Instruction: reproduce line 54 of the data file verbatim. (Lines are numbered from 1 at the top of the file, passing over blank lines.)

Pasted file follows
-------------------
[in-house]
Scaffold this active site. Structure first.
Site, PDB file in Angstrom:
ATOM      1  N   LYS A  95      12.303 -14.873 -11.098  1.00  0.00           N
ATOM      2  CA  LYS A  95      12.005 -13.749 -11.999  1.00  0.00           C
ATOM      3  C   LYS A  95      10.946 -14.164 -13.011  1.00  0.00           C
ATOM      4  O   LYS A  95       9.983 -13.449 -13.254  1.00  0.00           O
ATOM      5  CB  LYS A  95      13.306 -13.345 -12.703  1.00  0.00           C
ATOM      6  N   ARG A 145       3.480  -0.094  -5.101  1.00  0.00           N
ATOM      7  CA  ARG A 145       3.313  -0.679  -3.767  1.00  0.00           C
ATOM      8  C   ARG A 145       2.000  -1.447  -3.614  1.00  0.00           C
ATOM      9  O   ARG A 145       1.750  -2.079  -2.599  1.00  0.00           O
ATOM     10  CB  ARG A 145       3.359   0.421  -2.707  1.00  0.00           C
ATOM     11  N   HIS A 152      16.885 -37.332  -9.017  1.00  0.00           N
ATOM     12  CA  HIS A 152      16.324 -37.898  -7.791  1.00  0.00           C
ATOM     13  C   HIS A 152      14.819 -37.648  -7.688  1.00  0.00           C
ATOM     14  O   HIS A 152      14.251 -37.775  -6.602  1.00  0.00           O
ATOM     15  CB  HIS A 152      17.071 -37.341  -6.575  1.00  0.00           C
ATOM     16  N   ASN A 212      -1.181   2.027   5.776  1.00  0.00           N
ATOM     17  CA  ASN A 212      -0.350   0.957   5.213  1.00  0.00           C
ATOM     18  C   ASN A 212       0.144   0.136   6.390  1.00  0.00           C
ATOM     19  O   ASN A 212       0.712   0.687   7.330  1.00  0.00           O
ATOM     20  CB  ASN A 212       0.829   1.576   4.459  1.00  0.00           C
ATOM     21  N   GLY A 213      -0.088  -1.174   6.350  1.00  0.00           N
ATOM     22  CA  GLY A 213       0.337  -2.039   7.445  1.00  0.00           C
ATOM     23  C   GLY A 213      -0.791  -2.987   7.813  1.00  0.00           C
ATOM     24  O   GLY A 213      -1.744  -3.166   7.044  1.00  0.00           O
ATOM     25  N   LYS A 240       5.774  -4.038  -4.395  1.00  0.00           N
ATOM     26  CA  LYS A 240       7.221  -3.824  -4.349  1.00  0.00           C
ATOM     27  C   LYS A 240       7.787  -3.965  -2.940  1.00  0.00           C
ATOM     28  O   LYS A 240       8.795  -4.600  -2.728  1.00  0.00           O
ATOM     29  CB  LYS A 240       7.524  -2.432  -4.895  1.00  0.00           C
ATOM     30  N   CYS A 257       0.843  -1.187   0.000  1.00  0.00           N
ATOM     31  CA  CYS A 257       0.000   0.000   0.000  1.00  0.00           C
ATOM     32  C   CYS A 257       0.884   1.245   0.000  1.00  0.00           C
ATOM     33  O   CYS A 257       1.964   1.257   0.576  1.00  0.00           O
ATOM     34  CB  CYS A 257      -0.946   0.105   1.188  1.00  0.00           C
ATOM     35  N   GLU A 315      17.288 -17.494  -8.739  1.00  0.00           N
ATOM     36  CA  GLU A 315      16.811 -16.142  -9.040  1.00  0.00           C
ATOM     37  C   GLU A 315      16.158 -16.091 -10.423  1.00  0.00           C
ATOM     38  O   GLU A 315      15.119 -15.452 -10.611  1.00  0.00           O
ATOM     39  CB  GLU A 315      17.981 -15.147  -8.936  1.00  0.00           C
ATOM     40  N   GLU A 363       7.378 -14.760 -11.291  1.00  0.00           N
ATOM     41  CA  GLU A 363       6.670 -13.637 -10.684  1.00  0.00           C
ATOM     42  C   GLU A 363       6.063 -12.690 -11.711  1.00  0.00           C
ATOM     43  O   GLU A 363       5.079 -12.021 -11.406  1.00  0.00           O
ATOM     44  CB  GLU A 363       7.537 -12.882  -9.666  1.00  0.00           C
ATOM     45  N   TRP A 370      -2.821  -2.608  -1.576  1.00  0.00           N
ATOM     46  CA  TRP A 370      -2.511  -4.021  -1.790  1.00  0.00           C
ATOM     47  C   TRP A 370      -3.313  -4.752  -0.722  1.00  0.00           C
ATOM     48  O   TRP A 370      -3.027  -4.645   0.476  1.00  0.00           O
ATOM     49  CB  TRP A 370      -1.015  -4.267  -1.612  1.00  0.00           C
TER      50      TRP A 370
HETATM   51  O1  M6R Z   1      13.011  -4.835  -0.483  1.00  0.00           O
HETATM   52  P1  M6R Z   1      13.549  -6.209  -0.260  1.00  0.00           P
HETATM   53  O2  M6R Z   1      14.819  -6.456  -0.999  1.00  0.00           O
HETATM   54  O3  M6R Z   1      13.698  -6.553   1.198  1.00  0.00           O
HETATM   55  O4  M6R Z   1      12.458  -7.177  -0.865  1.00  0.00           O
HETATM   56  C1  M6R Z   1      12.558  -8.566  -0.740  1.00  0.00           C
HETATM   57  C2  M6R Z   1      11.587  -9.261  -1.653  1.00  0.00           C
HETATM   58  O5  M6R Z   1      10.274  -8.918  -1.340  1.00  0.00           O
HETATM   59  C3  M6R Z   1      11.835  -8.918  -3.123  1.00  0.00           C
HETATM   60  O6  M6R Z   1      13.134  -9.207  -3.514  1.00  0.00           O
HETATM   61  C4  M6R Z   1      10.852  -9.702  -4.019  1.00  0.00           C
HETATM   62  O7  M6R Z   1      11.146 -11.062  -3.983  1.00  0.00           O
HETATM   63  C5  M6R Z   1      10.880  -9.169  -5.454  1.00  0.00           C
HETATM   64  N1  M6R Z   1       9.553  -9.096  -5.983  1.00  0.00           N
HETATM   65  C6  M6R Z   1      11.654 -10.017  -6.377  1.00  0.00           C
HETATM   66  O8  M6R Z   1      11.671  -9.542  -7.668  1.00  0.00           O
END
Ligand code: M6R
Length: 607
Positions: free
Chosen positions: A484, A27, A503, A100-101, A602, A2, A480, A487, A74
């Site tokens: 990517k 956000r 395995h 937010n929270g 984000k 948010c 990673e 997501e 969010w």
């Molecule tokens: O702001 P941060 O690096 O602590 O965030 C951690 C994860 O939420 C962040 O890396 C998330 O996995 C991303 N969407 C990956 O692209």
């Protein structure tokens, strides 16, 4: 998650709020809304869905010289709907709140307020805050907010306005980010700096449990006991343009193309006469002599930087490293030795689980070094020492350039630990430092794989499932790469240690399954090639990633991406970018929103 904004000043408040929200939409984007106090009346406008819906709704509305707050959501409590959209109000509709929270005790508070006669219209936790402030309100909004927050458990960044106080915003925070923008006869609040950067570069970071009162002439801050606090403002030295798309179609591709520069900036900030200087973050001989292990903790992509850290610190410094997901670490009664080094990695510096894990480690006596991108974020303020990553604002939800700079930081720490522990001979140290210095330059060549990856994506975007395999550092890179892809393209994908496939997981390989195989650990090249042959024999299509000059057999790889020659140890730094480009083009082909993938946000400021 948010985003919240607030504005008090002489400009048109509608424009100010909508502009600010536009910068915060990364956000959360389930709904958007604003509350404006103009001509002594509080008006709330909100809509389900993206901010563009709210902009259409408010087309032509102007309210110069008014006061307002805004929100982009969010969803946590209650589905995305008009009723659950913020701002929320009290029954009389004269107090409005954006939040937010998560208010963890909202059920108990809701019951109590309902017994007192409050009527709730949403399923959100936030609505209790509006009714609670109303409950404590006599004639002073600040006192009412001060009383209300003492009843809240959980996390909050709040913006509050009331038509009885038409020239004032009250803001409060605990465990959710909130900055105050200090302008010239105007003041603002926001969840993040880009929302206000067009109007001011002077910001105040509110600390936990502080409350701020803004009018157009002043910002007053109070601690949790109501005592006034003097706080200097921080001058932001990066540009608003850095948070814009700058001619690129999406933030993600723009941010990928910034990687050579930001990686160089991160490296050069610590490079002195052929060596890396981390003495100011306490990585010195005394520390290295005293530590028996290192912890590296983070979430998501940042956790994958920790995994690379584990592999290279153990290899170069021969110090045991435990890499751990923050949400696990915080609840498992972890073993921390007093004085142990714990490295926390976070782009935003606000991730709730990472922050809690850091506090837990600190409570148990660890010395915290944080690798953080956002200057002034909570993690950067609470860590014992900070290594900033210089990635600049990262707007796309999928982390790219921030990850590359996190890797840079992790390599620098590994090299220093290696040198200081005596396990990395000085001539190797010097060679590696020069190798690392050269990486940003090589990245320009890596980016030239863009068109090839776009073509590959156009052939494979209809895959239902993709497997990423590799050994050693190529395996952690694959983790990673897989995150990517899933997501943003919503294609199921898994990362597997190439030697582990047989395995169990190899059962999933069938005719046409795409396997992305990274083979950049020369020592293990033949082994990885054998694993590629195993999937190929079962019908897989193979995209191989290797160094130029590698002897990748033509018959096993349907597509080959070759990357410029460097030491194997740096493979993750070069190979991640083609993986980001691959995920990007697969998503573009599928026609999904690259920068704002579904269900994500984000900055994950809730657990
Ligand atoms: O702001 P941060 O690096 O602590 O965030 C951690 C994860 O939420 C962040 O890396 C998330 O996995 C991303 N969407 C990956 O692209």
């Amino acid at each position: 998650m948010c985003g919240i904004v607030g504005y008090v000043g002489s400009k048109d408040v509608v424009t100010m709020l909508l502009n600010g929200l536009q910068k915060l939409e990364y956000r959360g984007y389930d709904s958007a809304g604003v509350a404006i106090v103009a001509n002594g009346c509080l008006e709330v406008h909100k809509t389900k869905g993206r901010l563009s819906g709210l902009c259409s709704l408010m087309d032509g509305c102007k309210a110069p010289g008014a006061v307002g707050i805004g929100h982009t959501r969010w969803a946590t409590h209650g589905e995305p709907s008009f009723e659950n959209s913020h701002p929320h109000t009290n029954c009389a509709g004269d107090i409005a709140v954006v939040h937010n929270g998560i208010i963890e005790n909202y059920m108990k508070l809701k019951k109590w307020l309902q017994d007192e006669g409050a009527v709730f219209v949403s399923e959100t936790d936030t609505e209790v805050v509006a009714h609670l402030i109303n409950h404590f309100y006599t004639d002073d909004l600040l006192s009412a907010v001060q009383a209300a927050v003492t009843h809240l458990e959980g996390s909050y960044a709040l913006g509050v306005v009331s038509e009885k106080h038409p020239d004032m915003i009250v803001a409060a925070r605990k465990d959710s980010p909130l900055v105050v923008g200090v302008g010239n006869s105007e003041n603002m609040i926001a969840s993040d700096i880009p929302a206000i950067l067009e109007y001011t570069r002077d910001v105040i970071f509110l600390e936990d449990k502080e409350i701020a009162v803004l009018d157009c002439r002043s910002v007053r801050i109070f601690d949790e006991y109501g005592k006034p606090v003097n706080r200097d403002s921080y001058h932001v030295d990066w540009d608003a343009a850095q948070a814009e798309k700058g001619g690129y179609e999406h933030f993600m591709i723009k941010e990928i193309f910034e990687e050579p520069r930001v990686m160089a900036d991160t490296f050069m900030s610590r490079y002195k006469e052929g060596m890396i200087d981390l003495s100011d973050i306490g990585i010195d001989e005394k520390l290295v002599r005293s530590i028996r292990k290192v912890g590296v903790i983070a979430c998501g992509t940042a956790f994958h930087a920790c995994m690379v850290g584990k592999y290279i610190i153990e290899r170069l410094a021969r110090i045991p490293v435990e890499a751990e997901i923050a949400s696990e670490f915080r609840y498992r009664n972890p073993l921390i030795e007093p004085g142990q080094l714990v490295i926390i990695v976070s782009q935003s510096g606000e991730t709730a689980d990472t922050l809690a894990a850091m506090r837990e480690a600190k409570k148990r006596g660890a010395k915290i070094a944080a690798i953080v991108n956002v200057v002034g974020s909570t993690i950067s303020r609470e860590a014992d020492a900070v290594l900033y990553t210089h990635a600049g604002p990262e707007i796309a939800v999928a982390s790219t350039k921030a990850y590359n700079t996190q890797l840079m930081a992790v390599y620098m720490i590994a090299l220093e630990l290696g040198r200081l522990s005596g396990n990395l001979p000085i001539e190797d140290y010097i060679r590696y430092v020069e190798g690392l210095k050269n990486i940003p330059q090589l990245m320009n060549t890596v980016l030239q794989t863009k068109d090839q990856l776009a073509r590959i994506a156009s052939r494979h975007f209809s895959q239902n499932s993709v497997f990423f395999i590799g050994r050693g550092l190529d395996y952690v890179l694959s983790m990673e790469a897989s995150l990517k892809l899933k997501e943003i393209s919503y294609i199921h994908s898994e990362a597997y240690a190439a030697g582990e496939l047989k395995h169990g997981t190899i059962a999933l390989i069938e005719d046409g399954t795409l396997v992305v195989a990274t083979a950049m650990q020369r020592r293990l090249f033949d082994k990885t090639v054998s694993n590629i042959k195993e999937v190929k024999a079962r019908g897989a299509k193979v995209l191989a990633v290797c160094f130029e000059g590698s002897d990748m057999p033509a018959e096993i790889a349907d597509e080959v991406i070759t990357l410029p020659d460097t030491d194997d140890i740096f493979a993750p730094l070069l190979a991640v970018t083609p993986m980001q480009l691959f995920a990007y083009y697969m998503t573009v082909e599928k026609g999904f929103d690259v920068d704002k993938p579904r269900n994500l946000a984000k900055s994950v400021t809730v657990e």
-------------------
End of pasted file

HETATM   51  O1  M6R Z   1      13.011  -4.835  -0.483  1.00  0.00           O